The United States and North Korea held secret talks to reach a peace treaty and formally end the Korean War, which broke down and were followed by Pyongyang’s nuclear test last month, US media cited officials familiar with the events on Sunday.
After initially indicating that Washington would drop a longstanding condition for Pyongyang to take steps to curtail its nuclear arsenal, the United States called for North Korea’s nuclear program to be “simply part of the talks,” according to The Wall Street Journal.
Pyongyang rejected the counter-proposal, according to the outlet, ending the prospects of diplomatic peace efforts with a January 6 hydrogen bomb test.
On February 7, North Korea fired a long-range rocket to allegedly put a satellite into orbit, violating UN Security Council resolutions banning it from launches that may be used as ballistic missile carrying nuclear warheads.
“Submitting to foreign demands to denuclearize could mean delegitimization and destabilization for the regime,” the paper quoted American Enterprise Institute expert on North Korea, Nicholas Eberstadt.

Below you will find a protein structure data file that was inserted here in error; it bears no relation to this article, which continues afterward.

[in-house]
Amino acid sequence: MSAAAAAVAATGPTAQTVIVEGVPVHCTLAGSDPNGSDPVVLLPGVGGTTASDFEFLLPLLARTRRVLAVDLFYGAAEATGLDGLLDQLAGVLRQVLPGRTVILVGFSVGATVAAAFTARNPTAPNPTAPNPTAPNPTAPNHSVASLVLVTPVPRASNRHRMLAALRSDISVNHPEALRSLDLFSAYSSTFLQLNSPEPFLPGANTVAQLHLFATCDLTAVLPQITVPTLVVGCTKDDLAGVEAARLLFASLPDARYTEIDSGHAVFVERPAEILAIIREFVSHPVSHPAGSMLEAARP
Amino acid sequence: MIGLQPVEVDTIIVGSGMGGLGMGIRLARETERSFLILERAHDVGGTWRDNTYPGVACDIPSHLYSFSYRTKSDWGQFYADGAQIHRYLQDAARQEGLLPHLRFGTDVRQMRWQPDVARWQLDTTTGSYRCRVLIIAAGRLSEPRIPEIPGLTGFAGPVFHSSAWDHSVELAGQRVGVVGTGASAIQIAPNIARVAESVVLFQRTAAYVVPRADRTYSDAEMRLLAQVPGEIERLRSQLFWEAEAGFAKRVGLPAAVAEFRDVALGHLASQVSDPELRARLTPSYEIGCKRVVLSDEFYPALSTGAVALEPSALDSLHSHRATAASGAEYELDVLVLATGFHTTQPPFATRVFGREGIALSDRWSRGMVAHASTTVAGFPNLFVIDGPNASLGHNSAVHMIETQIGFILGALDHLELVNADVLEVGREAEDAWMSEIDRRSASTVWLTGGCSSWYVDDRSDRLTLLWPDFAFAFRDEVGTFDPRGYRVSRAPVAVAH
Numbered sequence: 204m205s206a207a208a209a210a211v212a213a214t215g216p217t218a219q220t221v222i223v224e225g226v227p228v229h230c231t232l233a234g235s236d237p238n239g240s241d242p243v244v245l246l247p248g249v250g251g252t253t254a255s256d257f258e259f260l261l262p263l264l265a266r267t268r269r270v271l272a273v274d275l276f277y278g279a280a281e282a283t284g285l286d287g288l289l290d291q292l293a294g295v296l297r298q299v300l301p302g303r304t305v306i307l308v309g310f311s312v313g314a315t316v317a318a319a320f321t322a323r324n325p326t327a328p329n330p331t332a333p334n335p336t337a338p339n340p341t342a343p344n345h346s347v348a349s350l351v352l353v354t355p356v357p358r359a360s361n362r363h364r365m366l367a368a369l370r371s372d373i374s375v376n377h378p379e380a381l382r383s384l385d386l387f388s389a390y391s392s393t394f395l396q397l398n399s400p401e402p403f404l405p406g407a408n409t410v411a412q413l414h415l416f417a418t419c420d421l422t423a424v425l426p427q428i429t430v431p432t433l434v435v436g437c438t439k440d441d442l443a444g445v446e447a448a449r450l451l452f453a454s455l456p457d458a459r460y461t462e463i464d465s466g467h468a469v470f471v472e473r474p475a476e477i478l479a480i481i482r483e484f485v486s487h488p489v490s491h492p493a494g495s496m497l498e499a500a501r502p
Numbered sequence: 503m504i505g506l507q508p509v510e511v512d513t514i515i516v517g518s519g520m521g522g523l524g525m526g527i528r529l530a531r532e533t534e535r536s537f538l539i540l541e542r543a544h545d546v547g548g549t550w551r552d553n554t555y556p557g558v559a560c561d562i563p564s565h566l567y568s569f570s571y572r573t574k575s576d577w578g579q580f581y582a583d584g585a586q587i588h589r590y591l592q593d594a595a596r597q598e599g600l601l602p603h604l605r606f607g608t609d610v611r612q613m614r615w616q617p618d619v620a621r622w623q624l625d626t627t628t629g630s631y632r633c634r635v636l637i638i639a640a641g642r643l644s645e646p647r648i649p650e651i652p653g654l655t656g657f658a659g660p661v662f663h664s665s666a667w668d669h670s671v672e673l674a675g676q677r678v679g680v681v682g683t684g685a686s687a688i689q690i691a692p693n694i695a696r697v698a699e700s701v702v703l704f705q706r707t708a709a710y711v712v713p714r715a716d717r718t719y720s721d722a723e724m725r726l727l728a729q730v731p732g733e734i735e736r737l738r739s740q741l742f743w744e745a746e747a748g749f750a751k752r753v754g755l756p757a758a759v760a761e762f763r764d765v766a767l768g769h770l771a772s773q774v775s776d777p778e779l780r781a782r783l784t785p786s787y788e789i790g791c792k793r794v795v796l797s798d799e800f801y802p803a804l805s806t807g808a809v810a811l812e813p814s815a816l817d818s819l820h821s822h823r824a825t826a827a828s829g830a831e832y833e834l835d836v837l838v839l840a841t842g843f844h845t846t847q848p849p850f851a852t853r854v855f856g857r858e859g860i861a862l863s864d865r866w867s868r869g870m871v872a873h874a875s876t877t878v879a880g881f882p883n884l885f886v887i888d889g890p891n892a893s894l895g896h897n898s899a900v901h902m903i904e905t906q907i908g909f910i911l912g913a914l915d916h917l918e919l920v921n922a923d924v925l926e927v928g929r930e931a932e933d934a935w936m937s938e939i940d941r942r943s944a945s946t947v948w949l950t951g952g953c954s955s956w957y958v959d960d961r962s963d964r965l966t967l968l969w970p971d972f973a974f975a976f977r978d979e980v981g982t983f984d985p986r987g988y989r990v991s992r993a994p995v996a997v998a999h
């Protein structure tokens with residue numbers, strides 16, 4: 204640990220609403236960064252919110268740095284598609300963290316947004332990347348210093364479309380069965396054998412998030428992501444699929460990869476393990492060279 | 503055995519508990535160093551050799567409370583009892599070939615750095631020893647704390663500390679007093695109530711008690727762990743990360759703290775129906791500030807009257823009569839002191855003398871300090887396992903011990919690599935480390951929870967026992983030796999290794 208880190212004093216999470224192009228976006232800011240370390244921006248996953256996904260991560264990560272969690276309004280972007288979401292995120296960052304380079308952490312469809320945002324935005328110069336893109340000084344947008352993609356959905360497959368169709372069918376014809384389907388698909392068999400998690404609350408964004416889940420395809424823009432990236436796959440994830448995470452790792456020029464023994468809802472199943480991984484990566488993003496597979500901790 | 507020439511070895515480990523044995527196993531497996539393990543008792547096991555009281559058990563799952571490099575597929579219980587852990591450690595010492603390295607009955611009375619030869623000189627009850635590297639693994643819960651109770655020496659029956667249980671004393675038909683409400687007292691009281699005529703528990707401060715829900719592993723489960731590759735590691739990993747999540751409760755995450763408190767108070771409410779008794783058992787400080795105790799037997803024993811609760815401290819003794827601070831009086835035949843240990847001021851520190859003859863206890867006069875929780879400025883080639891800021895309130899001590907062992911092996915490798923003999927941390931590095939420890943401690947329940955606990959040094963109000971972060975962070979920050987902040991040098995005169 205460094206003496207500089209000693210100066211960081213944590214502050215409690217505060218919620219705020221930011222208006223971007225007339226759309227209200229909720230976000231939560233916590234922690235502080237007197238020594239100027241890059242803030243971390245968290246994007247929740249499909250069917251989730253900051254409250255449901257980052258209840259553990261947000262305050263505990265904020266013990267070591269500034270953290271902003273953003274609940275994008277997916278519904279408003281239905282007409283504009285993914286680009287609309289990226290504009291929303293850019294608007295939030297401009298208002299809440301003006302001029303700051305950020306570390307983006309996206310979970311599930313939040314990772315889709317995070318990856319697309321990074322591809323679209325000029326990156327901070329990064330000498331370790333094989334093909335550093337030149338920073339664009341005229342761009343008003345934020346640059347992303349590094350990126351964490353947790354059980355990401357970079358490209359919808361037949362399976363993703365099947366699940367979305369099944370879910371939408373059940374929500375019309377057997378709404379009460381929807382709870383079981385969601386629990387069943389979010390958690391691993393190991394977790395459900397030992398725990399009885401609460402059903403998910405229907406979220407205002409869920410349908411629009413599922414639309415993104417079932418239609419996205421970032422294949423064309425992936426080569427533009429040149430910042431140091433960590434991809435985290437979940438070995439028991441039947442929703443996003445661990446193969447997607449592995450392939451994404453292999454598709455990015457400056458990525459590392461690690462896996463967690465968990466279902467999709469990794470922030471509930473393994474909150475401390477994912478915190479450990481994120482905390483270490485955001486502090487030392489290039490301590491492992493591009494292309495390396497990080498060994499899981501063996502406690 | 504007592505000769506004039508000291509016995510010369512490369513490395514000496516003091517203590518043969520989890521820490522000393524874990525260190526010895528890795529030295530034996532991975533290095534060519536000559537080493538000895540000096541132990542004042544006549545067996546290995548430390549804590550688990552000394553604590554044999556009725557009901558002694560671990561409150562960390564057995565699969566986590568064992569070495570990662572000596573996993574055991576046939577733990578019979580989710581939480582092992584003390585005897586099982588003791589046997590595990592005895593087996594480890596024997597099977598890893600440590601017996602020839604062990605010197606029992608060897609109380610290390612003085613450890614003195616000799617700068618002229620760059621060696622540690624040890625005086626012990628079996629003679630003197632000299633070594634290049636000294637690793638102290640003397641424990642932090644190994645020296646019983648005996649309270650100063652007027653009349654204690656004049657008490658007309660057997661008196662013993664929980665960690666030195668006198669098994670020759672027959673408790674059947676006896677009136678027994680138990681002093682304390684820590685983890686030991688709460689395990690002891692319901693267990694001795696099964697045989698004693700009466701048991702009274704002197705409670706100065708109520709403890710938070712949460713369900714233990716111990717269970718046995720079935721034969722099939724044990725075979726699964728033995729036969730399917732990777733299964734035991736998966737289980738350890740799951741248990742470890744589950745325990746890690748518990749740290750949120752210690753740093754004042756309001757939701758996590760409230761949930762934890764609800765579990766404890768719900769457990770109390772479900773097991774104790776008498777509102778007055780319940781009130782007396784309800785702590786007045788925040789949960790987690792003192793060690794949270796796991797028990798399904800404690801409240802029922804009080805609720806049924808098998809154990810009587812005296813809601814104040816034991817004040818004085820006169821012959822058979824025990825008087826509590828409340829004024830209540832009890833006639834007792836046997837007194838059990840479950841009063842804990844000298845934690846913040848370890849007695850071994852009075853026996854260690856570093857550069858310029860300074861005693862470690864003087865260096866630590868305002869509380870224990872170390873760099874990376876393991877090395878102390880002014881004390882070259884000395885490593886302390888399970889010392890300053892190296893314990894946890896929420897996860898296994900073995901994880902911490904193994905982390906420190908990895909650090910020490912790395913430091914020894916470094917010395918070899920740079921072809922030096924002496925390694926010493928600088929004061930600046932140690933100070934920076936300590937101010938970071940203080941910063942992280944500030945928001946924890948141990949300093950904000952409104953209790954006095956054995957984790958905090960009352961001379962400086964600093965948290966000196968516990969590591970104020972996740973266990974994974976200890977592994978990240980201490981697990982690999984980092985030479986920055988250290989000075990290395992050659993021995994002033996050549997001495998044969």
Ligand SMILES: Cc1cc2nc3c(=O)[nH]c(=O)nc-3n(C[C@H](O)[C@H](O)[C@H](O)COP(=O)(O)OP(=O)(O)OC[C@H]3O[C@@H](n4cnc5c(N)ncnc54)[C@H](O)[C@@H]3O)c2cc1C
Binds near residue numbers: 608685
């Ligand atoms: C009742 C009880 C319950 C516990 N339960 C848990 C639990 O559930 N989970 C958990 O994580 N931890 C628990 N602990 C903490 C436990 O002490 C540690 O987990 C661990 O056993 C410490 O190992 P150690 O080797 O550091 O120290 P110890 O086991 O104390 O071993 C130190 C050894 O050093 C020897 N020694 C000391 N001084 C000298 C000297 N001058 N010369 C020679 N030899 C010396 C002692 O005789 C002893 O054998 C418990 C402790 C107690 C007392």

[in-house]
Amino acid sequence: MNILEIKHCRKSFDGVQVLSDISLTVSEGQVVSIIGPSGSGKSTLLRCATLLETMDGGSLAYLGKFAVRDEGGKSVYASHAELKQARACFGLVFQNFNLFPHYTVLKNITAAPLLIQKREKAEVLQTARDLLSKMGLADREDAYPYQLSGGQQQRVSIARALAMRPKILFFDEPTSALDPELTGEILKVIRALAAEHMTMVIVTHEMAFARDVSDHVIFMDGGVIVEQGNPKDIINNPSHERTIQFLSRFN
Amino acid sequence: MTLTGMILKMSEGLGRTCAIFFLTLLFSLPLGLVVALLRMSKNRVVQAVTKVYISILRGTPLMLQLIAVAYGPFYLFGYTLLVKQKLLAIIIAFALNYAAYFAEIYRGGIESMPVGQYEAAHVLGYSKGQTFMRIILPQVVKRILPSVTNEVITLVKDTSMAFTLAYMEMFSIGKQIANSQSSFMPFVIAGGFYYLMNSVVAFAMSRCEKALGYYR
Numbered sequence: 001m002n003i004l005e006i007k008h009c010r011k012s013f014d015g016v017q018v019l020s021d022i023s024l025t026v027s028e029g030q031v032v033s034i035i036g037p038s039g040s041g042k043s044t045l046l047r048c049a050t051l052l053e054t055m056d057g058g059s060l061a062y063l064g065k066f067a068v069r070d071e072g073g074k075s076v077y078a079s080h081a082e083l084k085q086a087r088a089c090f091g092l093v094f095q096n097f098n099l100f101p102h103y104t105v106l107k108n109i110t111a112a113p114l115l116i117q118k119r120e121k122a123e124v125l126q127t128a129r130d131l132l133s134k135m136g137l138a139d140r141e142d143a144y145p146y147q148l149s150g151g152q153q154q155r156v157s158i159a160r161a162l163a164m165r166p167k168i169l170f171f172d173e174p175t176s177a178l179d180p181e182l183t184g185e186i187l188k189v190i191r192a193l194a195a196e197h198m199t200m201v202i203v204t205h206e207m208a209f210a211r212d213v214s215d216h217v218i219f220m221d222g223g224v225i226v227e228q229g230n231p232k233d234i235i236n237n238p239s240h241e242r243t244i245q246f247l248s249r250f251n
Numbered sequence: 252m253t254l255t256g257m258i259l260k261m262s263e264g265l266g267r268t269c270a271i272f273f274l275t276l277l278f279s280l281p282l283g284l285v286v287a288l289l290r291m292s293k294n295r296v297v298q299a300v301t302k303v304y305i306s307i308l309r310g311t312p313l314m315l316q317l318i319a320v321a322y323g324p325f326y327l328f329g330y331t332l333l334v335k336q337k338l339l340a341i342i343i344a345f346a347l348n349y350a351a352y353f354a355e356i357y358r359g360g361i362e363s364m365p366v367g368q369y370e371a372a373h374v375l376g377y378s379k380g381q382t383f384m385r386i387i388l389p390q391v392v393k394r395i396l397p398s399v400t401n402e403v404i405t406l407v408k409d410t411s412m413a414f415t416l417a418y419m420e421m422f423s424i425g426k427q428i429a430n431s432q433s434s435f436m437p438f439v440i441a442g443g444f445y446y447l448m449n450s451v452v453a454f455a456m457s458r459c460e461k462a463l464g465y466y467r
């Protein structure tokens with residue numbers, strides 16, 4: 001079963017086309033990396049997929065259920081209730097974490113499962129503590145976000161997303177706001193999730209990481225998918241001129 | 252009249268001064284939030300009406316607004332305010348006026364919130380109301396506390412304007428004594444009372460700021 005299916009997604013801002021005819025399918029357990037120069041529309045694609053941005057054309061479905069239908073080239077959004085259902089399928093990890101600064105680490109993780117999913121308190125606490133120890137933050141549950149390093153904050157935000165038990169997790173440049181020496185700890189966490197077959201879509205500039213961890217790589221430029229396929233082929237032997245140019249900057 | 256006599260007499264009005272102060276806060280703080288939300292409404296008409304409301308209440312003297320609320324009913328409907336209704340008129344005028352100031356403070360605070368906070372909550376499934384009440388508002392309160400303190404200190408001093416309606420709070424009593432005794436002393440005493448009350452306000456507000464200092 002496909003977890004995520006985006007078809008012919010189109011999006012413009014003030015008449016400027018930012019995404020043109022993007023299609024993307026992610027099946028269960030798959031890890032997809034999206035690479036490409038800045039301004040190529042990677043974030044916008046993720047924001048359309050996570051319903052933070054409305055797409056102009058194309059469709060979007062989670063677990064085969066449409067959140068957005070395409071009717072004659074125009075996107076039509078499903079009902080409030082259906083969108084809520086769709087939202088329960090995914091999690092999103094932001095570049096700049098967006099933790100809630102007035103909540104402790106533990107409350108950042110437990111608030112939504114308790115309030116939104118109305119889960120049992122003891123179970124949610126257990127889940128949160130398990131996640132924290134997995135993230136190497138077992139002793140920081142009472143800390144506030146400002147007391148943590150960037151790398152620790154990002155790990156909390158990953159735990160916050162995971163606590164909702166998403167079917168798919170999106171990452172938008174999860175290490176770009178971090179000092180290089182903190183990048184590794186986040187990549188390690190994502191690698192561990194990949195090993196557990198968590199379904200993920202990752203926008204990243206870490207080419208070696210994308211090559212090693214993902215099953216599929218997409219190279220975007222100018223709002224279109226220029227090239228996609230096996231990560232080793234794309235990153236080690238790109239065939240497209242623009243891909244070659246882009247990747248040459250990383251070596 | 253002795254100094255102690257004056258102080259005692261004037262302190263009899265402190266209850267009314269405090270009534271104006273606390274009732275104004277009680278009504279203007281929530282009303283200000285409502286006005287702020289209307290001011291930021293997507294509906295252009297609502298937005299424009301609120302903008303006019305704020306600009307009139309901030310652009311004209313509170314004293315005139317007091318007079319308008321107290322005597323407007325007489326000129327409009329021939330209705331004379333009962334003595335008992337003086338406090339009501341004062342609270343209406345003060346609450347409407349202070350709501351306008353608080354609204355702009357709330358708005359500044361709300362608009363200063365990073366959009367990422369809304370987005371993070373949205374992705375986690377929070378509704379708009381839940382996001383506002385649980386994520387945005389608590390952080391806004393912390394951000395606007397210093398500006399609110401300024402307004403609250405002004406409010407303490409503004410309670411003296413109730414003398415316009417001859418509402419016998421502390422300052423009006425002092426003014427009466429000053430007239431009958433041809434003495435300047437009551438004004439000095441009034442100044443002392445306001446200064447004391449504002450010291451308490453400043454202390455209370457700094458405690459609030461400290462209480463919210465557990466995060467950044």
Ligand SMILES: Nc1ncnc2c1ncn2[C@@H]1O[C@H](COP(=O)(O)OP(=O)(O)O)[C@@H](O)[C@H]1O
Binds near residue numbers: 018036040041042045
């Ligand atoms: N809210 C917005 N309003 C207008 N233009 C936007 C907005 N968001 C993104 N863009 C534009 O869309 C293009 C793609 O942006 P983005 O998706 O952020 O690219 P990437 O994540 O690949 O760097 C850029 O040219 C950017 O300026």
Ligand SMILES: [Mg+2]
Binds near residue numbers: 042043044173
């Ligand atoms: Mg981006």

US President Barack Obama signed into law the North Korea Sanctions and Policy Enhancement Act on February 18, strengthening and expanding anti-North Korea sanctions in response to the recent tests.
North Korean leader Kim Jong Un has said he would continue to pursue the country’s nuclear weapons program.
The United States’ latest failed attempts to reach a deal with North Korea were said to be part of a string of unsuccessful efforts on the part of Washington to discuss denuclearization with Pyongyang.